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Why Does Hamlet Delay?

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Introduction

WHY DOES HAMLET DELAY? Is it possible to take reasonable, effective and purposeful action? In Hamlet, the question of how to act is affected not only by logical considerations, such as the need for certainty, but also by emotional, ethical, and psychological factors. This in turn affects how the revenge is carried out. If we view Hamlet as a 'real' person in the context of Elsinore then one of the reasons why Hamlet delays taking revenge on Claudius may be because he needs to test the veracity of the Ghost. The Ghost tells Hamlet of his murder and demands revenge when he says "Revenge his foul and most unnatural murder" in Act I scene iv. Hamlet's initial reaction is to act quickly, "Haste me to know't, that I, with wings as swift As meditation or the thoughts of love, May sweep to my revenge" (I.4.33-35) whether it may be because he disapproves of Claudius marrying his mother or through a sense of duty and obligation. However by Act II scene i he expresses his feelings of doubt about the Ghost: "the spirit I may have seen may be a devil". This concern leads to Hamlet adopting his 'antic disposition' and using the players in 'The Mousetrap' to confirm Claudius' guilt. ...read more.

Middle

Therefore a contemporary audience would have looked forward to a 'delay'. A modern audience, on the other hand, might not be able to understand what a 'delay' accomplishes: bloodshed, sexual intrigue and action. Therefore an analogy can be drawn with a modern audience going to see a martial arts movie: the audience goes to see it with expectations that the villain will be defeated and the martial arts expert, the hero, will save the day. As clich�d as it may sound, the movie will not be popular unless the hero has achieved his aim: defeated the villain, after appearing to be defeated. Modern critics, particularly since the 20th century, have tried to prove that Hamlet 'delays' by psychoanalyzing him. They do not see Hamlet as 'real' in context of Elsinore but 'real' in human terms. They have come to the conclusion that Hamlet's 'delay' is derived from his nature. In this context, one aspect of Hamlet's nature that accounts for the apparent delay is his fear of acting: Hamlet does not take action despite being told by the Ghost in Act I scene iv until Act V scene ii when his own life is being threatened. Even in the end, we are unsure of Hamlet's reason for acting; whether he is avenging the death of his father, the death of his mother or merely acting in self protection. ...read more.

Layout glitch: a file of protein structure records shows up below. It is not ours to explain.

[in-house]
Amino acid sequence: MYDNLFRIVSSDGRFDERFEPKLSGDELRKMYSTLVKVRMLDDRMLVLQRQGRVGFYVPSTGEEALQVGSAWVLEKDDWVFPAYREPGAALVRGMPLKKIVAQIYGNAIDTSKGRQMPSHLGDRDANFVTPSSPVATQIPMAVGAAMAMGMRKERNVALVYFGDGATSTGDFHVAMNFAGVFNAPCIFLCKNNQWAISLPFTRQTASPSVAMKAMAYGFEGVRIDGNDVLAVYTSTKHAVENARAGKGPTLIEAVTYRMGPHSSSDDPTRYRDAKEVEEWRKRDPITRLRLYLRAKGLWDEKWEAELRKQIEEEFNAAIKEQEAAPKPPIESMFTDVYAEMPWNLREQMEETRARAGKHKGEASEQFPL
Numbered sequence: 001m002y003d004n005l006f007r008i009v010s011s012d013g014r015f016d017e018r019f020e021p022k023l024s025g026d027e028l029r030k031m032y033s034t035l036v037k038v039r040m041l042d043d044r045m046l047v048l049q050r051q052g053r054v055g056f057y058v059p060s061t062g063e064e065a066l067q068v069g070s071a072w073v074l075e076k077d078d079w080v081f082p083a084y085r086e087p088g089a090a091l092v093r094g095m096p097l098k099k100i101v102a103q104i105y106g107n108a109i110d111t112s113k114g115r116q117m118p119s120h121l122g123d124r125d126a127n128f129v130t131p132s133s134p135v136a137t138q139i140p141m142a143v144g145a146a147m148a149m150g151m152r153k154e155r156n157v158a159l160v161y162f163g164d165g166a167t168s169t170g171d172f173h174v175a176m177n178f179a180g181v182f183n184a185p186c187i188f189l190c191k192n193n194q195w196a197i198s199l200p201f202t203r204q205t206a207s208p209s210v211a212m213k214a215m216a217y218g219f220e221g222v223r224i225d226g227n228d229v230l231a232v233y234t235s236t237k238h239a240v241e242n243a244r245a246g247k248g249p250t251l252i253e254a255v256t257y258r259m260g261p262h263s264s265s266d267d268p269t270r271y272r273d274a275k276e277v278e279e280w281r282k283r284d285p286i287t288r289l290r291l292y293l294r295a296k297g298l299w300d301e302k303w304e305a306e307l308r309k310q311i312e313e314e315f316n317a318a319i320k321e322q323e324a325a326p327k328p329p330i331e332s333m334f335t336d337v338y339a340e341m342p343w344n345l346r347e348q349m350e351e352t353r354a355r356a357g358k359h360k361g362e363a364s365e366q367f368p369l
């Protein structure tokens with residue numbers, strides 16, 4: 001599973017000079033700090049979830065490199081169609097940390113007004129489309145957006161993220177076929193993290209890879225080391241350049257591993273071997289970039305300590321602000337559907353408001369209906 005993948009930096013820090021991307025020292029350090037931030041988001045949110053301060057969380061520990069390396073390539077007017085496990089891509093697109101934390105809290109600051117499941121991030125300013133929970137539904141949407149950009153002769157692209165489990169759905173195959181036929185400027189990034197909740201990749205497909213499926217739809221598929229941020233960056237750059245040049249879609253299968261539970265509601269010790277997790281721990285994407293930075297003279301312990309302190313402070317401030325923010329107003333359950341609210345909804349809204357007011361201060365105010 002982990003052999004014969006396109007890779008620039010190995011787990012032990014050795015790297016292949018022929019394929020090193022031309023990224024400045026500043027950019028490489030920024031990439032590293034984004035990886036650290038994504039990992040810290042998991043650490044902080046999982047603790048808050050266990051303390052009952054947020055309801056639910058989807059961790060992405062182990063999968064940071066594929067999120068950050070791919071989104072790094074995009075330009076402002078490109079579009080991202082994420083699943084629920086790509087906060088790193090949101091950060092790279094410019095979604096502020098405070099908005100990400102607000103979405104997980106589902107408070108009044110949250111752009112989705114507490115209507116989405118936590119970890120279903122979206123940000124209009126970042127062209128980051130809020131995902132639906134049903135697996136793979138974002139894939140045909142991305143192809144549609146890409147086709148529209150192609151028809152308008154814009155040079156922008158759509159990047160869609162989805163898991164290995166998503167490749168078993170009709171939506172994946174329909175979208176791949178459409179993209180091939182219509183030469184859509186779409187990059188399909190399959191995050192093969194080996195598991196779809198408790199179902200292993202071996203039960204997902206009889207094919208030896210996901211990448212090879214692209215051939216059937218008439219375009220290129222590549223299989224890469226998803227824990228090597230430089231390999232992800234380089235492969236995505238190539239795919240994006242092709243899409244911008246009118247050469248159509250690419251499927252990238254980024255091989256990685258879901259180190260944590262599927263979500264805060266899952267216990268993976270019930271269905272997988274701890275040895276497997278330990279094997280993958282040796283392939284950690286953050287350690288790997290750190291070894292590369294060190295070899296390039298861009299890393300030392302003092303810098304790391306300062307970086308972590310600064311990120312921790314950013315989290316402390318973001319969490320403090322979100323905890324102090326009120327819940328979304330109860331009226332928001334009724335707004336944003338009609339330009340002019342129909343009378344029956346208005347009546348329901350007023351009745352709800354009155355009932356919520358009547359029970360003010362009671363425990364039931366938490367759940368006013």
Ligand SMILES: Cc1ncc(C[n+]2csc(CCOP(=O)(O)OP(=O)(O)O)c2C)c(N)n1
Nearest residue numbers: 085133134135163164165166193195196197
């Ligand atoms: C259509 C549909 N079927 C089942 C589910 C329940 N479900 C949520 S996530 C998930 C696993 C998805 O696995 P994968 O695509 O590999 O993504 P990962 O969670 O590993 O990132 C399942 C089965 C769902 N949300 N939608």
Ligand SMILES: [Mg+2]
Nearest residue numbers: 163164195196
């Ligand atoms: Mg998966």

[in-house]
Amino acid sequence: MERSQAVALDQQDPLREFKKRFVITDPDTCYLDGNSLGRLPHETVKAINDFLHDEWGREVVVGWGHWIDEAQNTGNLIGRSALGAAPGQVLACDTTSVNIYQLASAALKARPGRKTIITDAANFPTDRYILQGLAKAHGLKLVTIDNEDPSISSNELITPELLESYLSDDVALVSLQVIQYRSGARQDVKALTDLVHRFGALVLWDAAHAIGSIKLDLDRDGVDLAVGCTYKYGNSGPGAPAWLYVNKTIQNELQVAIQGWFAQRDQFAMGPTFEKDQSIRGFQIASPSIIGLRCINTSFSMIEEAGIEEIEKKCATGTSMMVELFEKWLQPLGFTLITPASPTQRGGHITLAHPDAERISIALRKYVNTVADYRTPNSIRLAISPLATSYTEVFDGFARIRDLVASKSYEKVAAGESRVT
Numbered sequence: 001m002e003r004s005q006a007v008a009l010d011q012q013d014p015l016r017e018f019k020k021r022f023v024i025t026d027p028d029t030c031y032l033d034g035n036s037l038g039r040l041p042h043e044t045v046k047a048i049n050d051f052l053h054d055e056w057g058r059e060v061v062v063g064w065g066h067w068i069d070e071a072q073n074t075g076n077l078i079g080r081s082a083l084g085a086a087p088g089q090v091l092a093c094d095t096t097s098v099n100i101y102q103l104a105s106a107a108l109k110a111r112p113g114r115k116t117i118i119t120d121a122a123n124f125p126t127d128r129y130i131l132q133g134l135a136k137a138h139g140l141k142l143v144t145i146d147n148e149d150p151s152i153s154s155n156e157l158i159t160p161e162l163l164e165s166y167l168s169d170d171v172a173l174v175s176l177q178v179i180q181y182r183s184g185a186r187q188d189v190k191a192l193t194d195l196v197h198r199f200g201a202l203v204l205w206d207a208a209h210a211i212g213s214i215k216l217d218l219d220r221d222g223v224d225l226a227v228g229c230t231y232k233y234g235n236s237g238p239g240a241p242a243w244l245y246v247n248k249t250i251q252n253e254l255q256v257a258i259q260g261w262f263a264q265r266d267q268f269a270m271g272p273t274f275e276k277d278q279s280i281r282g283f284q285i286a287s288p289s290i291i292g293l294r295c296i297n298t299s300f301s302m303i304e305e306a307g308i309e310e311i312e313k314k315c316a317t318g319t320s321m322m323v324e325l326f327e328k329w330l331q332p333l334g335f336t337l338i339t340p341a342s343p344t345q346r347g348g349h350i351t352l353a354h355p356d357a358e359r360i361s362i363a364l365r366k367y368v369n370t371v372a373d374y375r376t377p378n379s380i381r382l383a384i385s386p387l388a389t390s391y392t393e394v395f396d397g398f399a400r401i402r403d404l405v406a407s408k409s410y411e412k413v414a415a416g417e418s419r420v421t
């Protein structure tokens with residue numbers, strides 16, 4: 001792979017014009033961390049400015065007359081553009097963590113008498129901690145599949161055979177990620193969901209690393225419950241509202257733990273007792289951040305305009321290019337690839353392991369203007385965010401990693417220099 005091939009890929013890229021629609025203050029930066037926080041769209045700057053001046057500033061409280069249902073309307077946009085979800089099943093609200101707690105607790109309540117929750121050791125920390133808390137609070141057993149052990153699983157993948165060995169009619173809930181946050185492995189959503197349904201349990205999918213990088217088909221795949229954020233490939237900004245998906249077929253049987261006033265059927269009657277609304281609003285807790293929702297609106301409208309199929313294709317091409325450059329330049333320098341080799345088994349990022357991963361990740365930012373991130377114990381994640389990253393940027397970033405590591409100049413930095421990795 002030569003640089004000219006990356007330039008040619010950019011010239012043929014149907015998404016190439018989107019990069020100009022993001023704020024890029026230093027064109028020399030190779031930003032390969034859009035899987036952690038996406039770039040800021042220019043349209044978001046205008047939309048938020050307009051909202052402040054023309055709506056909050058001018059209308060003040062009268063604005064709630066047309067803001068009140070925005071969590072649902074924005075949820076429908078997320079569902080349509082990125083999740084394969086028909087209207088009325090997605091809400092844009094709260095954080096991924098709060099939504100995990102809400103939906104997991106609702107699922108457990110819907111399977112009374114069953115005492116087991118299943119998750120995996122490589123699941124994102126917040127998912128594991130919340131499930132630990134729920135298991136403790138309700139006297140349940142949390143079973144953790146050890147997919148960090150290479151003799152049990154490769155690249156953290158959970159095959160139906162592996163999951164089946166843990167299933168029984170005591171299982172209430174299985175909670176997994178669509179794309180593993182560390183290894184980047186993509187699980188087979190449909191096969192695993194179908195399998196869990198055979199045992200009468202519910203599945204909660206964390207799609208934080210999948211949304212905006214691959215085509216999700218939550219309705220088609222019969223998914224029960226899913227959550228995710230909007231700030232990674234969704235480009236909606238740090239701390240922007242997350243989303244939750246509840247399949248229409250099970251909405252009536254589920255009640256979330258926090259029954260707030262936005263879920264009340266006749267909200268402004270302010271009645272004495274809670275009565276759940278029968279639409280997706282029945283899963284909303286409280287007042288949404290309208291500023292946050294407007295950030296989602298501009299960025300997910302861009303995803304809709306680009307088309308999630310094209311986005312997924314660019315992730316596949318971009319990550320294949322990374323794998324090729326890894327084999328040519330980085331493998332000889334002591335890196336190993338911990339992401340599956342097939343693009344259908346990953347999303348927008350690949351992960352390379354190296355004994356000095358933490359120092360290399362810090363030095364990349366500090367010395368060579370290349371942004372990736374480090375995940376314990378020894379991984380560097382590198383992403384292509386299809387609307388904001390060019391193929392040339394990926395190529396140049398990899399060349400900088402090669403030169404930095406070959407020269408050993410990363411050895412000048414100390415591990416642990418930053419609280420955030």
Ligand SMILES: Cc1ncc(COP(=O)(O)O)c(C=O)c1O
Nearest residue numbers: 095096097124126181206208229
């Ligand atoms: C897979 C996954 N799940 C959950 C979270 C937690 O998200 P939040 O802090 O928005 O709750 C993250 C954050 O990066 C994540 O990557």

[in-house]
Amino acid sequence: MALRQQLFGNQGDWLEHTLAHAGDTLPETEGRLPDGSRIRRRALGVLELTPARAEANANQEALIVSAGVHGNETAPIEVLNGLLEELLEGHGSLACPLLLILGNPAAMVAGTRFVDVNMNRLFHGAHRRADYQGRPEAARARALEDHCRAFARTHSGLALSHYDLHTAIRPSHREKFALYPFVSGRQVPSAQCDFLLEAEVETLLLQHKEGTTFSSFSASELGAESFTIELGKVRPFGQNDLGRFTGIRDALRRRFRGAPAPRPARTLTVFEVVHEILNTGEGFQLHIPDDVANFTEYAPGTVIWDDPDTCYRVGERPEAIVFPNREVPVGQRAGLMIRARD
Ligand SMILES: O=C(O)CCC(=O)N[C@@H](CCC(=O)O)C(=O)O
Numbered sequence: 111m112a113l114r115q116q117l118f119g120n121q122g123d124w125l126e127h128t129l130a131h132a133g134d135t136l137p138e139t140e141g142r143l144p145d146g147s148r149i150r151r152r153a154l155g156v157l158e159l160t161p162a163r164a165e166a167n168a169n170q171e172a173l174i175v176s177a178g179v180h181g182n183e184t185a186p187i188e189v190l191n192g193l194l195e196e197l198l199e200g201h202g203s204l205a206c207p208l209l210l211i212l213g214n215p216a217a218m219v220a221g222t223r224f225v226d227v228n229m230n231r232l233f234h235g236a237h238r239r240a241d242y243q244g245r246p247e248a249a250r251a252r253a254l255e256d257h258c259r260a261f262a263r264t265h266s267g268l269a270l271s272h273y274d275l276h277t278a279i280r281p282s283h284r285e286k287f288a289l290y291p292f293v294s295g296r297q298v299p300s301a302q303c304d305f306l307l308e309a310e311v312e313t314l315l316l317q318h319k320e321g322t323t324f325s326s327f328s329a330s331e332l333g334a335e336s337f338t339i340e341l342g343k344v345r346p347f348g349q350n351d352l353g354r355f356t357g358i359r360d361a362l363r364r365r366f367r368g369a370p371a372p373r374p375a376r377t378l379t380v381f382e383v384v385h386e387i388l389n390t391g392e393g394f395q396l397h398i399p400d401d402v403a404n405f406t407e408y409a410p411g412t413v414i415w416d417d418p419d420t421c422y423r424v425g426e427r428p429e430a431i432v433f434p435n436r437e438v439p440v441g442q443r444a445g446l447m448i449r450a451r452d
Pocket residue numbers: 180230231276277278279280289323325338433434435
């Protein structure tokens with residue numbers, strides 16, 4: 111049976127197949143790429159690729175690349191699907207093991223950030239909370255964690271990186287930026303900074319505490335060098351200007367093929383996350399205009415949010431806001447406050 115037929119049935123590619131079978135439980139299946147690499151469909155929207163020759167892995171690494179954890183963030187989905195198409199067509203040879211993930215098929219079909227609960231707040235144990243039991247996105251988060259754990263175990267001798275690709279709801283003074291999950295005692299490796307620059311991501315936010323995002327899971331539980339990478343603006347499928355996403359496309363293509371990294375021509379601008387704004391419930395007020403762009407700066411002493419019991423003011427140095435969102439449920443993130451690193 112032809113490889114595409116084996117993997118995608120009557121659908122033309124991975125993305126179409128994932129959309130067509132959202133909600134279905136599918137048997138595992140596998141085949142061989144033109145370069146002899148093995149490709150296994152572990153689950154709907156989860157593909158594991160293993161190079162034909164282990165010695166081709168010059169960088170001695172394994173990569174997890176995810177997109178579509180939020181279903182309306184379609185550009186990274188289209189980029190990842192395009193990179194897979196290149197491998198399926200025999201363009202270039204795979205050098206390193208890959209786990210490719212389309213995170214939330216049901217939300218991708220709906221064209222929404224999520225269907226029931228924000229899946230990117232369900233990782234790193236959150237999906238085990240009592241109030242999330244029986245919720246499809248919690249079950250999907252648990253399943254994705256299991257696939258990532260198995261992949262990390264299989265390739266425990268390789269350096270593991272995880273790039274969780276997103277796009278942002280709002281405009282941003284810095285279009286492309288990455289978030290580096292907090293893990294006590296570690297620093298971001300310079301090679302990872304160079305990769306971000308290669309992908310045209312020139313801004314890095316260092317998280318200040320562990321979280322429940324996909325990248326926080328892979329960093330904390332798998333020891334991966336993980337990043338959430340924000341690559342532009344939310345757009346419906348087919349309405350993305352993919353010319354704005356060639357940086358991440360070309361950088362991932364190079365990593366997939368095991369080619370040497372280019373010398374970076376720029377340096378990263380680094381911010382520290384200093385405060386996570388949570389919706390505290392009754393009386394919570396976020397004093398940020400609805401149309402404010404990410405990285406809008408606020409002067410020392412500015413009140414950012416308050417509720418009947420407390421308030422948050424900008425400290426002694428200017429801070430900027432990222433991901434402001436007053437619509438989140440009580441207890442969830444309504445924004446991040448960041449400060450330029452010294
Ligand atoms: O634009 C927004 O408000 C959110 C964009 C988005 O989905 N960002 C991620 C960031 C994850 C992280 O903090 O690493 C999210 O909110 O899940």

Conclusion

However, as the play progresses, we see another side of Hamlet surface-and that is his role as the 'revenger'. The 'delay' gives Hamlet five acts for him to transform and we do not see this active side of Hamlet until after his return from England. Yet, even before his departure we see an attempt to portray a brutal avenger: "Now could I drink hot blood And do such bitter business as the day Would quake to look on" (III.2.396-398) But when Hamlet returns from England, he has not only transformed into the 'revenger' but has transformed into "Hamlet the Dane": "This is I, Hamlet the Dane." (V.1.263-264) Hamlet is now sure of who he is and what he is supposed to do. From that moment on, the play moves swiftly and constantly. Even though, ironically, he does not appear to be concerned about taking revenge. I believe that Shakespeare did not make a 'delay' intentional but instead, uses Hamlet's five act procrastination to make his audience, whether it may be a contemporary or modern one, more aware of what an apparent 'delay' brings. The most obvious and probably most important consequence is Hamlet's transformation from a man of cowardice, indecisiveness and melancholy to a man of action and self-worth- and this is what Shakespeare would like us to see. ...read more.

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